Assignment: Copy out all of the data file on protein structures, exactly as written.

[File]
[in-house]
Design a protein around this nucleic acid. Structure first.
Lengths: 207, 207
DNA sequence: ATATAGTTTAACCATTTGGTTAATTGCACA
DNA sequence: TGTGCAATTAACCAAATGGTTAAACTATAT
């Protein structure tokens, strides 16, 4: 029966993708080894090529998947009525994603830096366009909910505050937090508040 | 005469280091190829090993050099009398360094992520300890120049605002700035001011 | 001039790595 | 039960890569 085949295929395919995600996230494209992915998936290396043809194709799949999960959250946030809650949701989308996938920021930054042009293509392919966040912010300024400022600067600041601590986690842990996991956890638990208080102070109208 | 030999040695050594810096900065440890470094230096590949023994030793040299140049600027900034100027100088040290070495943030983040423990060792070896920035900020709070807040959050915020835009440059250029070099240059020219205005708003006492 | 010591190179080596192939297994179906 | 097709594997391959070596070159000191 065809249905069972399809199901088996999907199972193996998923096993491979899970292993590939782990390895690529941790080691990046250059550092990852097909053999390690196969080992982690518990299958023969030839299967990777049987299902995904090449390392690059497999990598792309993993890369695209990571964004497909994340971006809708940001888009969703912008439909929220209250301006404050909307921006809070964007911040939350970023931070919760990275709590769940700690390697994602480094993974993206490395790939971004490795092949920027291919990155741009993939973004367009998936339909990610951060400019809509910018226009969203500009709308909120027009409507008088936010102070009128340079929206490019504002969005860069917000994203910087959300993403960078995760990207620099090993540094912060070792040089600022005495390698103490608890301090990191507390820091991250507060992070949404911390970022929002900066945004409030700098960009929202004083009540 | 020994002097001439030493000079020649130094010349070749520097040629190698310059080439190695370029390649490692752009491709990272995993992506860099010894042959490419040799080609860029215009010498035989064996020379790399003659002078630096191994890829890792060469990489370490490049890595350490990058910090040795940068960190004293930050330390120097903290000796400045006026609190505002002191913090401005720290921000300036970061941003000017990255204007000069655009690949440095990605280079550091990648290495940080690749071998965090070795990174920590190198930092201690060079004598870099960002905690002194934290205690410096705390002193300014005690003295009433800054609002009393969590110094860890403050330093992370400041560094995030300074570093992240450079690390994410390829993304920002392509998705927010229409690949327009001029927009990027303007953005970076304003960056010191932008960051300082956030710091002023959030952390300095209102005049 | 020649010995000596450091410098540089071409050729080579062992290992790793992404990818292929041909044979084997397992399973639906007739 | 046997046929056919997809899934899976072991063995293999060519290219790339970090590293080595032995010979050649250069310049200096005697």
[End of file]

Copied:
[in-house]
Design a protein around this nucleic acid. Structure first.
Lengths: 207, 207
DNA sequence: ATATAGTTTAACCATTTGGTTAATTGCACA
DNA sequence: TGTGCAATTAACCAAATGGTTAAACTATAT
């Protein structure tokens, strides 16, 4: 029966993708080894090529998947009525994603830096366009909910505050937090508040 | 005469280091190829090993050099009398360094992520300890120049605002700035001011 | 001039790595 | 039960890569 085949295929395919995600996230494209992915998936290396043809194709799949999960959250946030809650949701989308996938920021930054042009293509392919966040912010300024400022600067600041601590986690842990996991956890638990208080102070109208 | 030999040695050594810096900065440890470094230096590949023994030793040299140049600027900034100027100088040290070495943030983040423990060792070896920035900020709070807040959050915020835009440059250029070099240059020219205005708003006492 | 010591190179080596192939297994179906 | 097709594997391959070596070159000191 065809249905069972399809199901088996999907199972193996998923096993491979899970292993590939782990390895690529941790080691990046250059550092990852097909053999390690196969080992982690518990299958023969030839299967990777049987299902995904090449390392690059497999990598792309993993890369695209990571964004497909994340971006809708940001888009969703912008439909929220209250301006404050909307921006809070964007911040939350970023931070919760990275709590769940700690390697994602480094993974993206490395790939971004490795092949920027291919990155741009993939973004367009998936339909990610951060400019809509910018226009969203500009709308909120027009409507008088936010102070009128340079929206490019504002969005860069917000994203910087959300993403960078995760990207620099090993540094912060070792040089600022005495390698103490608890301090990191507390820091991250507060992070949404911390970022929002900066945004409030700098960009929202004083009540 | 020994002097001439030493000079020649130094010349070749520097040629190698310059080439190695370029390649490692752009491709990272995993992506860099010894042959490419040799080609860029215009010498035989064996020379790399003659002078630096191994890829890792060469990489370490490049890595350490990058910090040795940068960190004293930050330390120097903290000796400045006026609190505002002191913090401005720290921000300036970061941003000017990255204007000069655009690949440095990605280079550091990648290495940080690749071998965090070795990174920590190198930092201690060079004598870099960002905690002194934290205690410096705390002193300014005690003295009433800054609002009393969590110094860890403050330093992370400041560094995030300074570093992240450079690390994410390829993304920002392509998705927010229409690949327009001029927009990027303007953005970076304003960056010191932008960051300082956030710091002023959030952390300095209102005049 | 020649010995000596450091410098540089071409050729080579062992290992790793992404990818292929041909044979084997397992399973639906007739 | 046997046929056919997809899934899976072991063995293999060519290219790339970090590293080595032995010979050649250069310049200096005697």